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UNHCR urges Bangladesh to find new homes for riverbank refugees

UNHCR urges Bangladesh to find new homes for riverbank refugees

A countrywide clean-up by the Bangladeshi government threatens the miserable, flimsy huts of some 6,000 refugees who live in an unofficial camp wedged between a river and a busy road. UNHCR has offered to work with the government and donor countries to find an alternative site.
7 March 2007
The miserable huts in the unofficial refugee camp at Teknaf in Bangladesh are crowded along a riverbank.

TEKNAF, Bangladesh, March 7 (UNHCR) - All over Bangladesh these days, bulldozers are razing shanty towns and tearing down illegal shops and roadside billboards in a clean-up drive instituted by the caretaker government as part of its state of emergency.

Now the crackdown on illegal structures threatens the miserable shacks of some 6,000 Muslim refugees from Myanmar, whose riverbed settlement perches perilously beside a busy road in Teknaf, 75 kilometres south of Cox's Bazar in south-east Bangladesh.

A threat to demolish the refugees' tattered homes was averted on Wednesday, and the UN refugee agency has offered to work with the Bangladeshi government, donors and partners to find more permanent housing.

"We are under instructions to evacuate from this place," Noor Aysha, a 25-year-old mother of three, said at the makeshift camp on Wednesday. "They are already doing evacuations [from another section of the camp] and of course we are worried. We don't know where to go."

The refugees - regarded by the government as illegal migrants rather than legitimate refugees - set up the camp in October 2004, nearly two years after they had been evicted from rented homes in nearby villages in an earlier crackdown, "simply because we are Myanmarese," as one camp dweller put it.

UNHCR has not been allowed to help them, except to distribute some plastic sheeting last year. The medical non-governmental organisation, Médecins Sans Frontières-Holland, was recently allowed to open a health clinic there.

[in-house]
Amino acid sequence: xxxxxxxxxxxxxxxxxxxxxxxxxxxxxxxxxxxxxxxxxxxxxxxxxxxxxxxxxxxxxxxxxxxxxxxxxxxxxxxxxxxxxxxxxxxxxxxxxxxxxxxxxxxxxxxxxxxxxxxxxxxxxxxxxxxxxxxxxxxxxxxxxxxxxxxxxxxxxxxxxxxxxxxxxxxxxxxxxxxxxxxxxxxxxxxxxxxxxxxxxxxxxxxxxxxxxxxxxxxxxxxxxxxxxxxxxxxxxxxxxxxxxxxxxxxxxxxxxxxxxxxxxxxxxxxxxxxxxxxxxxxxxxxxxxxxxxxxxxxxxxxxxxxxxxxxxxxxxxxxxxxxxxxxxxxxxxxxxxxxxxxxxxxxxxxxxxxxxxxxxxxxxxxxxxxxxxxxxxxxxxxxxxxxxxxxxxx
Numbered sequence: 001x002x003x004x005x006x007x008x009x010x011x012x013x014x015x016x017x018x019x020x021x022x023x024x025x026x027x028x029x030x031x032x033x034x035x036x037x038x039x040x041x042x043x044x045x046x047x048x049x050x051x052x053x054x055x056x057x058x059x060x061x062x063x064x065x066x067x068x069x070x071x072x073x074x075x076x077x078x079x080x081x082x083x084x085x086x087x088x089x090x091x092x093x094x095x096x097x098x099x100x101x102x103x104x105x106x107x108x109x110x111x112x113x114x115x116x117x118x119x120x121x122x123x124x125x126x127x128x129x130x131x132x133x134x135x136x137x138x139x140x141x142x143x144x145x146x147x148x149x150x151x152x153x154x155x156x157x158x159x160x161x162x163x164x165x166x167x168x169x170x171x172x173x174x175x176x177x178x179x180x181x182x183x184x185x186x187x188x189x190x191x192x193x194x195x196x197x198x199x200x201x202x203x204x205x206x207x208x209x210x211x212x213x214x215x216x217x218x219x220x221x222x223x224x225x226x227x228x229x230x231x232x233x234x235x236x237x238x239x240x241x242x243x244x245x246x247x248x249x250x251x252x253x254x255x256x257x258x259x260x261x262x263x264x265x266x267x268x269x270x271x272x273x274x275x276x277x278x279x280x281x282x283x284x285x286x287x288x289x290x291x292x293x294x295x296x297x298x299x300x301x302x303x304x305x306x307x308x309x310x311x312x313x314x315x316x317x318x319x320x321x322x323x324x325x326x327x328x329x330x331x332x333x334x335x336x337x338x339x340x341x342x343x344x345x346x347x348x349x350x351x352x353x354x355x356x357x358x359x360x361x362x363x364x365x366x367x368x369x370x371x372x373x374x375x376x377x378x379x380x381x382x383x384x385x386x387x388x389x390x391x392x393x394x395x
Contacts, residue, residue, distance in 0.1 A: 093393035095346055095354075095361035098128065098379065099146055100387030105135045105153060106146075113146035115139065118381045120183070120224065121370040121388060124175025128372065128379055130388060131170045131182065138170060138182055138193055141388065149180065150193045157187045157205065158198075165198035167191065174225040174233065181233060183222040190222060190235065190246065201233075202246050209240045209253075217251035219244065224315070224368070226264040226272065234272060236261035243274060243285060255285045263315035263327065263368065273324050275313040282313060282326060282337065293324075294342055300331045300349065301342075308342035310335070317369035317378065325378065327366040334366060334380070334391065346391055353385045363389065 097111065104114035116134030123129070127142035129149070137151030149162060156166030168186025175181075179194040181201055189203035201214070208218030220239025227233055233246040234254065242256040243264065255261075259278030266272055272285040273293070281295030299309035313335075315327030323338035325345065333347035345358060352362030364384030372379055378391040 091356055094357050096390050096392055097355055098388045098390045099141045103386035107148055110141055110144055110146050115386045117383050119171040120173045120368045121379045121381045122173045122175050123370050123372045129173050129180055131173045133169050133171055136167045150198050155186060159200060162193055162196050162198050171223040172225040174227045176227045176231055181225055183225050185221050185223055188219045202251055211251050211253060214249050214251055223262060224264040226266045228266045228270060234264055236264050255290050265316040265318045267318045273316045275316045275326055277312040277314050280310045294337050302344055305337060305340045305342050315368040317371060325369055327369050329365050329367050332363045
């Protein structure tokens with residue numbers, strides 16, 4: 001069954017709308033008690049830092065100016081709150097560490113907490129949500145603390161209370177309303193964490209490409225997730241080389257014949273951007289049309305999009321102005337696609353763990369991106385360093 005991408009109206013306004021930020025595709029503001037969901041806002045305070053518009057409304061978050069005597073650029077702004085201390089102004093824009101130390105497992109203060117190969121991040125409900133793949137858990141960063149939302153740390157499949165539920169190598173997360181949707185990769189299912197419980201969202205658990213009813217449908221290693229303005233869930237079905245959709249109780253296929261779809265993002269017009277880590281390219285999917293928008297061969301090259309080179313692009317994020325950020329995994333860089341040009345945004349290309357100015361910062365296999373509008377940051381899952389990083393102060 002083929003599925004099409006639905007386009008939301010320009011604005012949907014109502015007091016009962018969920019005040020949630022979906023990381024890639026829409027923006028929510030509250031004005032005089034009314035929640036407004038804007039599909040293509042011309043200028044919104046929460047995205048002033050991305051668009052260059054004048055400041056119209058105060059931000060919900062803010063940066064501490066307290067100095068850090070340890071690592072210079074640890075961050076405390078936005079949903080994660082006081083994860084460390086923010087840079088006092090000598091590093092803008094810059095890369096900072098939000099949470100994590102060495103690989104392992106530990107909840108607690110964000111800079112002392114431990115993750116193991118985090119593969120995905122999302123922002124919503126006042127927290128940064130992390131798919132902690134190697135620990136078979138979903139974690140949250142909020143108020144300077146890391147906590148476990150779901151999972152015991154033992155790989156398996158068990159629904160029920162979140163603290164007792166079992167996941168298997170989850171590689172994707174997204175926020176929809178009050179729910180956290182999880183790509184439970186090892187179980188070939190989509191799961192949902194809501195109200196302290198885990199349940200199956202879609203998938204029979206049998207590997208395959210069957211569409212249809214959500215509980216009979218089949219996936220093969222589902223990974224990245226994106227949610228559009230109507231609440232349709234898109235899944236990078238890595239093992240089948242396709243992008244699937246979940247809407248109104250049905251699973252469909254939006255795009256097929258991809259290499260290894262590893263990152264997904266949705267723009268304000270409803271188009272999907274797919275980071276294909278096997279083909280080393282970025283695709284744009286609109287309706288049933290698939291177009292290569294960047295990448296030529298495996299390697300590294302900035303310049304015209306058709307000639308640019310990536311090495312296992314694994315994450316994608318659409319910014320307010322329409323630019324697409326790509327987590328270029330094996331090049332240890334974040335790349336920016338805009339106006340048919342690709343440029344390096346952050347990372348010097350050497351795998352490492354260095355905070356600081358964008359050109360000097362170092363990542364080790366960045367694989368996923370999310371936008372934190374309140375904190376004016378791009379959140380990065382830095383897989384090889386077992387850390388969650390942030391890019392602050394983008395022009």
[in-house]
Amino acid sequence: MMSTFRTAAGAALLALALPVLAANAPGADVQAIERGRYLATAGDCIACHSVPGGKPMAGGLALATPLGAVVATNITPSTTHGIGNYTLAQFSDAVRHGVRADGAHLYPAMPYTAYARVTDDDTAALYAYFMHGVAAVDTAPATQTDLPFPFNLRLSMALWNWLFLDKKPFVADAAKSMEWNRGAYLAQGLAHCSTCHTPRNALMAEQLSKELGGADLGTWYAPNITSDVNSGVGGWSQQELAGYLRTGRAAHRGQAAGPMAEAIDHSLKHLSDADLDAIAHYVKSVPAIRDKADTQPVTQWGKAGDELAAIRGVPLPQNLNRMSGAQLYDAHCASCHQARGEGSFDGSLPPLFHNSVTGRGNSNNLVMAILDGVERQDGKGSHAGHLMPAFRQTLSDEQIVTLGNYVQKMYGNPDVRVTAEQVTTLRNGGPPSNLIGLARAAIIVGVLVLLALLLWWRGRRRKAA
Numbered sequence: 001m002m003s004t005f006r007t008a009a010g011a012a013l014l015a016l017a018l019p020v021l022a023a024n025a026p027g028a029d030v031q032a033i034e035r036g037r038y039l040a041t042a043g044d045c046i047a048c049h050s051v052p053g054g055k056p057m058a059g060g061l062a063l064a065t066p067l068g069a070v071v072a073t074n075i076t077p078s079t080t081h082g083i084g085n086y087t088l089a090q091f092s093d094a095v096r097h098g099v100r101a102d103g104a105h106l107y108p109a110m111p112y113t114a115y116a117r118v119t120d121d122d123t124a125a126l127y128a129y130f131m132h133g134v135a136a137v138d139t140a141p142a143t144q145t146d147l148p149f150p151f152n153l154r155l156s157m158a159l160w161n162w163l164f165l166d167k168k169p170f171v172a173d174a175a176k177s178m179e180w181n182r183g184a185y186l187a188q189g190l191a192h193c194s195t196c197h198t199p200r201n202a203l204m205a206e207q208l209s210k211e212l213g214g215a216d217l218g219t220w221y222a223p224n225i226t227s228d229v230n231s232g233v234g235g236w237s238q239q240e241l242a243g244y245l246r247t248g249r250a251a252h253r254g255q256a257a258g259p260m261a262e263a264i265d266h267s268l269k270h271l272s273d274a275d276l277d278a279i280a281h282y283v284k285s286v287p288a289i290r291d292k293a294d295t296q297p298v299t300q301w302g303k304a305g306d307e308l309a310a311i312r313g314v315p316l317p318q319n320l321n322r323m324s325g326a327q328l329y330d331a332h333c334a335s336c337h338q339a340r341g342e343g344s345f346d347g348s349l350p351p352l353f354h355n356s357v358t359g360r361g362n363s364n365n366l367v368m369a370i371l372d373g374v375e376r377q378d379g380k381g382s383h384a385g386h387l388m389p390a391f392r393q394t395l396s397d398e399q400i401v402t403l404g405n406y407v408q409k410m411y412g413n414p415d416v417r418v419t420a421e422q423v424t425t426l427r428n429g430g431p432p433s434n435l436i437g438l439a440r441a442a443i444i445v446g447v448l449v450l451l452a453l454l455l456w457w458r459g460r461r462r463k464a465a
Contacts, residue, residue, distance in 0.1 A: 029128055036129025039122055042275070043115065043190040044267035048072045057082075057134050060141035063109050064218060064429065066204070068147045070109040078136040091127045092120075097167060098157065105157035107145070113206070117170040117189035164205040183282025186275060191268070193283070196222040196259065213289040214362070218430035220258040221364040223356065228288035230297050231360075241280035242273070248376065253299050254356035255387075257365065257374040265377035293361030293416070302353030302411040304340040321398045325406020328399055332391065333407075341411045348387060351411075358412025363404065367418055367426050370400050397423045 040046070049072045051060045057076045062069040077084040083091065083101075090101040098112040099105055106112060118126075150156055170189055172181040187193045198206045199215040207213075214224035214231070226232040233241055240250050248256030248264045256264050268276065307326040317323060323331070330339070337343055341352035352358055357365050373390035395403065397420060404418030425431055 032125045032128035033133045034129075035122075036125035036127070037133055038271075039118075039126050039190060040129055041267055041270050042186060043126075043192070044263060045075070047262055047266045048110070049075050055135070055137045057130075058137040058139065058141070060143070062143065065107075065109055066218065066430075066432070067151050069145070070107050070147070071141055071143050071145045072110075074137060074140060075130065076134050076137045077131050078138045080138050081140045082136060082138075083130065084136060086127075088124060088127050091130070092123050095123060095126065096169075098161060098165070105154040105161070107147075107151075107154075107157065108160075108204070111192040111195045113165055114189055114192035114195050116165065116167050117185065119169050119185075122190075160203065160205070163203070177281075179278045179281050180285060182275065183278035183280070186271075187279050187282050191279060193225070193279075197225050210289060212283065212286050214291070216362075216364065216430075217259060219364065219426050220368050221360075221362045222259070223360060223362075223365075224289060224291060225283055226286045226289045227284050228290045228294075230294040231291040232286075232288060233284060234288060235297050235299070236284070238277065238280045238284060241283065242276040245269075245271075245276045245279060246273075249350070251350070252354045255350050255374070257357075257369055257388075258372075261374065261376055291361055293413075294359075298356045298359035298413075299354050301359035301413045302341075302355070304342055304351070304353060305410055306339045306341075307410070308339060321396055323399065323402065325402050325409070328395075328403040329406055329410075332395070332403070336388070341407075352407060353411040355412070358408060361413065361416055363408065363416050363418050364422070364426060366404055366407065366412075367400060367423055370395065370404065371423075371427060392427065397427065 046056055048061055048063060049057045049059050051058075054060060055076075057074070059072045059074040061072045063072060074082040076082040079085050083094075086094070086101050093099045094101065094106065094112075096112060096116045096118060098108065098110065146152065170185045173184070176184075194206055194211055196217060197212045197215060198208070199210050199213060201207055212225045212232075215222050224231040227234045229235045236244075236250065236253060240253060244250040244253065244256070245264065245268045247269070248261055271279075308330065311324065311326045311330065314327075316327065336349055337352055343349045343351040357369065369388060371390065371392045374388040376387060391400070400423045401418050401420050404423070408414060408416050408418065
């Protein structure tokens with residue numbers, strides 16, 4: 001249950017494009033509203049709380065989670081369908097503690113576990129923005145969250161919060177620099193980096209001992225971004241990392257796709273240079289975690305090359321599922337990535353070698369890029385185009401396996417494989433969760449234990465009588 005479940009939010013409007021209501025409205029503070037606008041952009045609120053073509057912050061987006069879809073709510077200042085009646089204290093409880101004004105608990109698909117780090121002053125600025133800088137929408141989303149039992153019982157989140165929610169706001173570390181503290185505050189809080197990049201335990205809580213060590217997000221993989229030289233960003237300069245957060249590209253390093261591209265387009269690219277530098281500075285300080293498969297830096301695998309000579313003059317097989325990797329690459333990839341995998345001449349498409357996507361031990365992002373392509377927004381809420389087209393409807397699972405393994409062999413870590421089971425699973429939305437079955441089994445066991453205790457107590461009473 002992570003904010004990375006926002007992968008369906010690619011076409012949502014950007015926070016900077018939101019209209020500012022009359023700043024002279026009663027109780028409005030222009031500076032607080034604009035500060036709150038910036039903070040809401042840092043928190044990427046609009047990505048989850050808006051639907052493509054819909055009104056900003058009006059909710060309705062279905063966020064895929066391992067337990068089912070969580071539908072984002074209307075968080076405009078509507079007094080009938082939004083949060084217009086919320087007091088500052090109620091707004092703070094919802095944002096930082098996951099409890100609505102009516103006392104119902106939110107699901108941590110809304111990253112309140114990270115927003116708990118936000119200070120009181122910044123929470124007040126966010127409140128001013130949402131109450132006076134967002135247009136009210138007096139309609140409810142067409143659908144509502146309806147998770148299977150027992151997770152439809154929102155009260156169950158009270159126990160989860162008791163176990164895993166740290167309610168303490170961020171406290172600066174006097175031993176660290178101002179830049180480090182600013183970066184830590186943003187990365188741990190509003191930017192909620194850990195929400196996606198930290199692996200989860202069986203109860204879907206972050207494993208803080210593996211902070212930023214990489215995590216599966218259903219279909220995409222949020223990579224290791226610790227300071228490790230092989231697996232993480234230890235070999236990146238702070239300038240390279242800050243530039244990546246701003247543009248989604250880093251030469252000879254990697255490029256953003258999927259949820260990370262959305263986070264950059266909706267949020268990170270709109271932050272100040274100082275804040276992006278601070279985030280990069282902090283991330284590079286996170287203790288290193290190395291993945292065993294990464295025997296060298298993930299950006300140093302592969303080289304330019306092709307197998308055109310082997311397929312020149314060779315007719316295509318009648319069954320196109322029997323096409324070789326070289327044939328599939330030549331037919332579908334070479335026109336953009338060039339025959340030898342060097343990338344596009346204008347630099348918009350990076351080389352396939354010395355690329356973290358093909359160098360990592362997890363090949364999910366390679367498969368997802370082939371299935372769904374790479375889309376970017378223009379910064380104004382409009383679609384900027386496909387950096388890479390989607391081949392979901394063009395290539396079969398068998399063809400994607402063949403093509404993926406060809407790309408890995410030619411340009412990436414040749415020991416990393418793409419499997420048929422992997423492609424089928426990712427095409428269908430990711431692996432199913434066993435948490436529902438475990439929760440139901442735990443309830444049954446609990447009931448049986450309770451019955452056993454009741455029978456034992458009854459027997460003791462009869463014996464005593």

"These people are of concern to us and we want to help them," said Pia Prytz Phiri, UNHCR representative in Bangladesh. "It is hard to imagine human beings living in much more deplorable conditions than those in Teknaf," she added. "We understand why the government doesn't want them living there, but to move them without having prepared any solution in advance is not very humane."

The refugees' homes are flimsy structures of bamboo, plastic sheets and flattened cement bags on muddy ground, where as many as 16 people crowd together in a room slightly larger than a garden shed. For fully half of each month, the refugees said, high tides flood nearly all the shacks; the inundations bring with them disease, and some children have even drowned. Women spend much of their time repairing the mud foundations of the huts.

The huts are barely a metre apart and abut a busy road, where trucks whizz by on their way to the city of Cox's Bazar. About 25 refugees have been killed on the road in the past two years. "This is our main problem," said Khaleda, a 28-year-old mother of four. "We can't even sit to eat our meal because we have to rush out to control our children and keep them out of the road."

Added Abul Hossain, the father of a toddler: "If we get hit and have serious injuries, or even if someone dies, the drivers just speed off. They don't care - there's no question of a court case or compensation."

This is not the way Khaleda, Abul and the others imagined their refuge would be like when they fled ethnic and religious persecution in Myanmar. They are Muslims from northern Rakhine state, also known as Rohingyas, and say their land was confiscated and they were conscripted to do forced labour for the military government.

Now Khaleda despairs as much of life in Bangladesh as she did in Myanmar. "It's very painful," she said, adjusting her green headscarf. "Life is very difficult. In Bangladesh our life will never be any better." Just getting the food, water and firewood to feed her family is a struggle. Many of the men in the camp work illegally, and some of the women beg rice from local villagers.

UNHCR's Phiri said a solution needed to be found for this group of refugees, while adding that "what we don't want to do is to set up a formal camp." The refugee agency already runs two official camps south of Cox's Bazar that together house some 26,000 Rohingya refugees.

Makeshift Teknaf camp is wedged tightly between a river and a busy highway, which is very dangerous for the refugee children. Some have lost their lives to speeding trucks.

Jim Worrall, head of the UNHCR sub-office in Cox's Bazar, suggested that the simplest thing "would be to allow the Teknaf refugees just to go back to the villages where they were living peacefully with local people before 2004."

Among the flimsy huts of Teknaf, meanwhile, the refugees await their fate with resignation rather than anger. Said Noor Aysha meekly: "If someone can give us shelter somewhere else, we would very much appreciate it."

By Kitty McKinsey in Teknaf, Bangladesh